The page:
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Eigenvalues for an operator?

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Problem Statement
Show no eigenvalues exist for the operator ##Af(x) = xf(x)## where ##A:C[0,1]\to C[0,1]##.
Relevant Equations
Nothing comes to mind.
Eigenvalues ##\lambda## for some operator ##A## satisfy ##A f(x) = \lambda f(x)##. Then

$$
Af(x) = \lambda f(x) \implies\\
xf(x) = \lambda f(x)\implies\\
(\lambda-x)f(x) = 0.$$

How do I then show that no eigenvalues exist? Seems obvious one doesn't exists since ##\lambda-x \neq 0## for all ##x\in [0,1]##.
 

MathematicalPhysicist

Gold Member
4,052
122
Well the argument is subtle.

Since ##x## ranges over every point in ##[0,1]## and the supposed eigenvalue is some constant you cannot have ##\lambda=x##, since the function ##x## is not constant.
And obviously ##f(x)\ne 0 ##, otherwise it wouldn't be an eigenvalues' problem.
 

Math_QED

Science Advisor
Homework Helper
1,050
337
You are in fact almost there. The condition
##(\lambda-x)f(x) =0## implies that we have ##f(x) = 0## for all ##x\neq \lambda##. By continuity however ##f=0##. Thus, no eigenvector exists, as any possible eigenvalue leads to the trivial solution.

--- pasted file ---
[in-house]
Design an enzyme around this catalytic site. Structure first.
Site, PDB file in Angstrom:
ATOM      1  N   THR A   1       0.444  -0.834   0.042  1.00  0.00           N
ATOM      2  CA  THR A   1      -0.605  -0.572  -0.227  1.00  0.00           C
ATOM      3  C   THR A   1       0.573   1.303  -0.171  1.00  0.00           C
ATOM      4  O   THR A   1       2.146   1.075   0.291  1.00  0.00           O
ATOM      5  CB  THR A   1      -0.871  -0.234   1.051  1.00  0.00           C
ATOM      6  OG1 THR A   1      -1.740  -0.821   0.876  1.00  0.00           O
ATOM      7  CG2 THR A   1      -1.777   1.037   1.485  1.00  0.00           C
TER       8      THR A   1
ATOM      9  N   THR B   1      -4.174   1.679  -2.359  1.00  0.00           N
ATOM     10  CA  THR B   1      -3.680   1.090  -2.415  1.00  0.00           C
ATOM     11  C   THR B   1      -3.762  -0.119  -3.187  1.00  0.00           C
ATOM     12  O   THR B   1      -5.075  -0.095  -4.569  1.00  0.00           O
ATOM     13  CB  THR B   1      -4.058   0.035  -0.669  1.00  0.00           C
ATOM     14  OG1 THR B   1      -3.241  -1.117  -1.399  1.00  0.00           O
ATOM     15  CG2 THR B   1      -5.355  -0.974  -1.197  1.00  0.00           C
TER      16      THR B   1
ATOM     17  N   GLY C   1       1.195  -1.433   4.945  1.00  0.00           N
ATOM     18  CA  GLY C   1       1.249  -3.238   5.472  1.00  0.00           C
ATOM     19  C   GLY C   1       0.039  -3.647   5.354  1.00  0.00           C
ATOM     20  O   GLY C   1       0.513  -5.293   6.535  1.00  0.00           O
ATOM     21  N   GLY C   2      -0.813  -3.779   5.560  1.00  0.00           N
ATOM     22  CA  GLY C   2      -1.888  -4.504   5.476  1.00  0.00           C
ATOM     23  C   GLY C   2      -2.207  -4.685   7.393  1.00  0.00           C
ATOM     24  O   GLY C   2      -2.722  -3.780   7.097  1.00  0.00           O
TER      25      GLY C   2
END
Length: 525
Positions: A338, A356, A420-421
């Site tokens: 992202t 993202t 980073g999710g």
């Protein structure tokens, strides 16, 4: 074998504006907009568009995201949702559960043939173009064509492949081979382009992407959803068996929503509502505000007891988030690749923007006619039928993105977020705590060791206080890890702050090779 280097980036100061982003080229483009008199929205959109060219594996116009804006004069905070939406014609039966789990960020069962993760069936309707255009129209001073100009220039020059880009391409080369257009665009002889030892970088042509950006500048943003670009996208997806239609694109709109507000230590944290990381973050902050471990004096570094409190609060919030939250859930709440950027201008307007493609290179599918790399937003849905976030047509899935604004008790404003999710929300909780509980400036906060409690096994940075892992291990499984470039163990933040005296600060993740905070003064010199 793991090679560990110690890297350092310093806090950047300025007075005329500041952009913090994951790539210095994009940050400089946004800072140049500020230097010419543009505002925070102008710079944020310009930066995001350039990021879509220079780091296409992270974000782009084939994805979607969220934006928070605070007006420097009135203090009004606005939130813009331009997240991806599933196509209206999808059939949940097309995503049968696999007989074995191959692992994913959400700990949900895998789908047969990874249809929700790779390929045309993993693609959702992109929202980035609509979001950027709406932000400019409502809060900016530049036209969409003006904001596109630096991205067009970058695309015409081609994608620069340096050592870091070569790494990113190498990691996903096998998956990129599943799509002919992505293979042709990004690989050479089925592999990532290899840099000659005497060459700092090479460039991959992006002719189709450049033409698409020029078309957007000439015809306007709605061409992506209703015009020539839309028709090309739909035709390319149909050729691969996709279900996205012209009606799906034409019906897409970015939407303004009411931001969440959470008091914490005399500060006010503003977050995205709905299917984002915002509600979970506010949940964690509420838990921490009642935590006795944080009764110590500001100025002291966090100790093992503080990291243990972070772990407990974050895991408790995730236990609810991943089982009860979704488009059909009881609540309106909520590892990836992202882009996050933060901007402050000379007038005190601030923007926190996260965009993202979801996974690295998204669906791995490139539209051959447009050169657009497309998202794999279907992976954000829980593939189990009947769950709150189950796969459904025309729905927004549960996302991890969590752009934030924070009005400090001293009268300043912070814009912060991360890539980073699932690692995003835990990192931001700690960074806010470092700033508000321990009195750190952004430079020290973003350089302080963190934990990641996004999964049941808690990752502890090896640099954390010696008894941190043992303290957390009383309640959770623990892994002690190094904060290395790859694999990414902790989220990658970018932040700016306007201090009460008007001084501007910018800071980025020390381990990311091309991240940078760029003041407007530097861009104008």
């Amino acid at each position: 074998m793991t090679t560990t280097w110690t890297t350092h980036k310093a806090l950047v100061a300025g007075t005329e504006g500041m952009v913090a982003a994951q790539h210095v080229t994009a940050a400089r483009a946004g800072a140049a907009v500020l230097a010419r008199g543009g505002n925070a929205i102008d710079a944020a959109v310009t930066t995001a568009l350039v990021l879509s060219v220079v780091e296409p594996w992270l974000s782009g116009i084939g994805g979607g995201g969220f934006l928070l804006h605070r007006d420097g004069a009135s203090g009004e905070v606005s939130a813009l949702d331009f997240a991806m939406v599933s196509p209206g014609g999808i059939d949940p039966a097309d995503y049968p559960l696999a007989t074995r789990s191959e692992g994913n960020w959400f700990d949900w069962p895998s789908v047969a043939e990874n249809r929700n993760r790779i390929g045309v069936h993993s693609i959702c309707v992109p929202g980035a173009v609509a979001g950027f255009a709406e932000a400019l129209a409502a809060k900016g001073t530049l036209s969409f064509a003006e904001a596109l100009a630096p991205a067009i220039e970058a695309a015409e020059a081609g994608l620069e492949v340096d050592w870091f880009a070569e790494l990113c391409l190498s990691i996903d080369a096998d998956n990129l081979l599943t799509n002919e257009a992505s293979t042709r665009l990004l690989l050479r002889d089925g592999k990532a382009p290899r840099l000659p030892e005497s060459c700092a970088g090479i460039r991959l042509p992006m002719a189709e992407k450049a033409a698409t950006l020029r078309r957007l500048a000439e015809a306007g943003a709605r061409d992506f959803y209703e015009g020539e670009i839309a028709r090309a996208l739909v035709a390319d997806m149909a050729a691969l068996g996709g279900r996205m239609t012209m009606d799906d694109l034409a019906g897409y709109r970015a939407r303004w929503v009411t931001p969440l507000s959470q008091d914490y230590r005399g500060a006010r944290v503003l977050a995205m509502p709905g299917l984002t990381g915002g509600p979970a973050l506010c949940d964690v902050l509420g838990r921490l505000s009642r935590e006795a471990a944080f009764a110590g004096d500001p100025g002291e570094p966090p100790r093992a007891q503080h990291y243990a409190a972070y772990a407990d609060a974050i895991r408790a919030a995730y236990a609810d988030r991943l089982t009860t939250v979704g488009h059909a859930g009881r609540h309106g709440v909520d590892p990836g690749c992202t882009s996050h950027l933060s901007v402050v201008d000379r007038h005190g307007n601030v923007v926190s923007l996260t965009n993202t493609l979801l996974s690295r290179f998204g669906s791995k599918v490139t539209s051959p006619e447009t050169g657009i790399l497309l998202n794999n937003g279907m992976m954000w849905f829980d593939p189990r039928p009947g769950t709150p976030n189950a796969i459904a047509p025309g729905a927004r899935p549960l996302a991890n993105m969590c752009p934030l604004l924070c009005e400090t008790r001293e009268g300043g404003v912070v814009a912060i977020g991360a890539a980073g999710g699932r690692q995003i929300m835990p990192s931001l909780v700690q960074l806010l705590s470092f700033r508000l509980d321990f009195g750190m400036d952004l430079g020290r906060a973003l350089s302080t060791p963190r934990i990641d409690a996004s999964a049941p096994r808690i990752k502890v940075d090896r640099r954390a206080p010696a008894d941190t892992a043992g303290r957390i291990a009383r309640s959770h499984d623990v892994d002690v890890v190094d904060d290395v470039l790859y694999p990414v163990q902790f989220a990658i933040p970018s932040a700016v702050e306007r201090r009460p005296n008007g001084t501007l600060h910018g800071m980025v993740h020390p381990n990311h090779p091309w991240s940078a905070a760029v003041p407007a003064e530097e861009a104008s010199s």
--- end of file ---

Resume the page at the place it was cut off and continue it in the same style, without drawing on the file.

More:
Last edited:
1,682
50
You are in fact almost there. The condition
##(\lambda-x)f(x) =0## implies that we have ##f(x) = 0## for all ##x\neq \lambda##. By continuity however ##f=0##. Thus, no eigenvector exists, as any possible eigenvalue leads to the trivial solution.
This just seems so simple. See, the HW was assigned in three parts, where part b) asked to show 0 is not an eigenvalue and part c) asked to prove no eigenvalues exist. But if this is part c), then why bother doing b)? Have I missed anything about ##\lambda = 0##? It seems this logic holds for all ##\lambda##.
 

Math_QED

Science Advisor
Homework Helper
1,050
337
This just seems so simple. See, the HW was assigned in three parts, where part b) asked to show 0 is not an eigenvalue and part c) asked to prove no eigenvalues exist. But if this is part c), then why bother doing b)? Have I missed anything about ##\lambda = 0##? It seems this logic holds for all ##\lambda##.
It also works for ##\lambda = 0##. Then your equation leads to ##xf(x) = 0 \forall x## and for ##x \neq 0## we then have ##f(x) = 0##. By continuity again also ##f(0) = 0##, so ##f=0## everywhere.

So, to answer your question concretely, I don't think doing part (b) separately is necessary.

Note that eigenvalue ##\lambda = 0## can only happen when ##A## is non-injective. This map is injective however (continuity is key again here). Maybe that's what (b) wants you to write?
 

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